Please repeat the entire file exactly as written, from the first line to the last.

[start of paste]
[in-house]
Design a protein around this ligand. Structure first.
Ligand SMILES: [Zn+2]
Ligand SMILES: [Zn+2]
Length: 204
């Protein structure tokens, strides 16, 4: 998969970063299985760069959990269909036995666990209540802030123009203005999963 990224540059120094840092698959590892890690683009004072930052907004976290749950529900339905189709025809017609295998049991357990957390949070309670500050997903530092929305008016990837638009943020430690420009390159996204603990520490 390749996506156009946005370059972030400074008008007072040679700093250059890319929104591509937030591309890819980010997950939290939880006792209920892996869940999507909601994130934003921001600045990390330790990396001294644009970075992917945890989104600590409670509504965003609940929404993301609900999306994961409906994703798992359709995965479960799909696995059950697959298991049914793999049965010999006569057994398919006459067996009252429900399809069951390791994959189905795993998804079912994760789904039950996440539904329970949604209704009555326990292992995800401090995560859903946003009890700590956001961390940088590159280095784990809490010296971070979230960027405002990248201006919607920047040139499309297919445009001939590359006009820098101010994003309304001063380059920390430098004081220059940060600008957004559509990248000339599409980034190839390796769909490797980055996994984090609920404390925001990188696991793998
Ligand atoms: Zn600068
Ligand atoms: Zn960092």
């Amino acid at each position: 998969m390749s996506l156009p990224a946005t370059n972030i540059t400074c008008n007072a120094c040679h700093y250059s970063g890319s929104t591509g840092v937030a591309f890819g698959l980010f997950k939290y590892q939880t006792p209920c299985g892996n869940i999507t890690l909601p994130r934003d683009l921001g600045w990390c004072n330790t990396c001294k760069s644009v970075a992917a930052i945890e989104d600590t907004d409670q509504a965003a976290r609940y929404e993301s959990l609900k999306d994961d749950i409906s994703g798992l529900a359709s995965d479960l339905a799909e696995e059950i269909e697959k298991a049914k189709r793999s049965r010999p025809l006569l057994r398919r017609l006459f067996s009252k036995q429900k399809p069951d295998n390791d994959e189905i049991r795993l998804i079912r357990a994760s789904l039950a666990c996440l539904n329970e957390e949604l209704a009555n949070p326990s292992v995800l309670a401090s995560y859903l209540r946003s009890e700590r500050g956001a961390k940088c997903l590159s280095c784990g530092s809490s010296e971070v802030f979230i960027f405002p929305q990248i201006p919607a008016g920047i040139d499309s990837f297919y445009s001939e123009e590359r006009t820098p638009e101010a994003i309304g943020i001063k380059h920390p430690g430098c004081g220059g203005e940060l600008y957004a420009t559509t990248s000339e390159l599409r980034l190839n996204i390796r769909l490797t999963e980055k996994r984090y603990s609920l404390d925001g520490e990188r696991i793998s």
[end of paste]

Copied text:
[in-house]
Design a protein around this ligand. Structure first.
Ligand SMILES: [Zn+2]
Ligand SMILES: [Zn+2]
Length: 204
């Protein structure tokens, strides 16, 4: 998969970063299985760069959990269909036995666990209540802030123009203005999963 990224540059120094840092698959590892890690683009004072930052907004976290749950529900339905189709025809017609295998049991357990957390949070309670500050997903530092929305008016990837638009943020430690420009390159996204603990520490 390749996506156009946005370059972030400074008008007072040679700093250059890319929104591509937030591309890819980010997950939290939880006792209920892996869940999507909601994130934003921001600045990390330790990396001294644009970075992917945890989104600590409670509504965003609940929404993301609900999306994961409906994703798992359709995965479960799909696995059950697959298991049914793999049965010999006569057994398919006459067996009252429900399809069951390791994959189905795993998804079912994760789904039950996440539904329970949604209704009555326990292992995800401090995560859903946003009890700590956001961390940088590159280095784990809490010296971070979230960027405002990248201006919607920047040139499309297919445009001939590359006009820098101010994003309304001063380059920390430098004081220059940060600008957004559509990248000339599409980034190839390796769909490797980055996994984090609920404390925001990188696991793998
Ligand atoms: Zn600068
Ligand atoms: Zn960092």
């Amino acid at each position: 998969m390749s996506l156009p990224a946005t370059n972030i540059t400074c008008n007072a120094c040679h700093y250059s970063g890319s929104t591509g840092v937030a591309f890819g698959l980010f997950k939290y590892q939880t006792p209920c299985g892996n869940i999507t890690l909601p994130r934003d683009l921001g600045w990390c004072n330790t990396c001294k760069s644009v970075a992917a930052i945890e989104d600590t907004d409670q509504a965003a976290r609940y929404e993301s959990l609900k999306d994961d749950i409906s994703g798992l529900a359709s995965d479960l339905a799909e696995e059950i269909e697959k298991a049914k189709r793999s049965r010999p025809l006569l057994r398919r017609l006459f067996s009252k036995q429900k399809p069951d295998n390791d994959e189905i049991r795993l998804i079912r357990a994760s789904l039950a666990c996440l539904n329970e957390e949604l209704a009555n949070p326990s292992v995800l309670a401090s995560y859903l209540r946003s009890e700590r500050g956001a961390k940088c997903l590159s280095c784990g530092s809490s010296e971070v802030f979230i960027f405002p929305q990248i201006p919607a008016g920047i040139d499309s990837f297919y445009s001939e123009e590359r006009t820098p638009e101010a994003i309304g943020i001063k380059h920390p430690g430098c004081g220059g203005e940060l600008y957004a420009t559509t990248s000339e390159l599409r980034l190839n996204i390796r769909l490797t999963e980055k996994r984090y603990s609920l404390d925001g520490e990188r696991i793998s």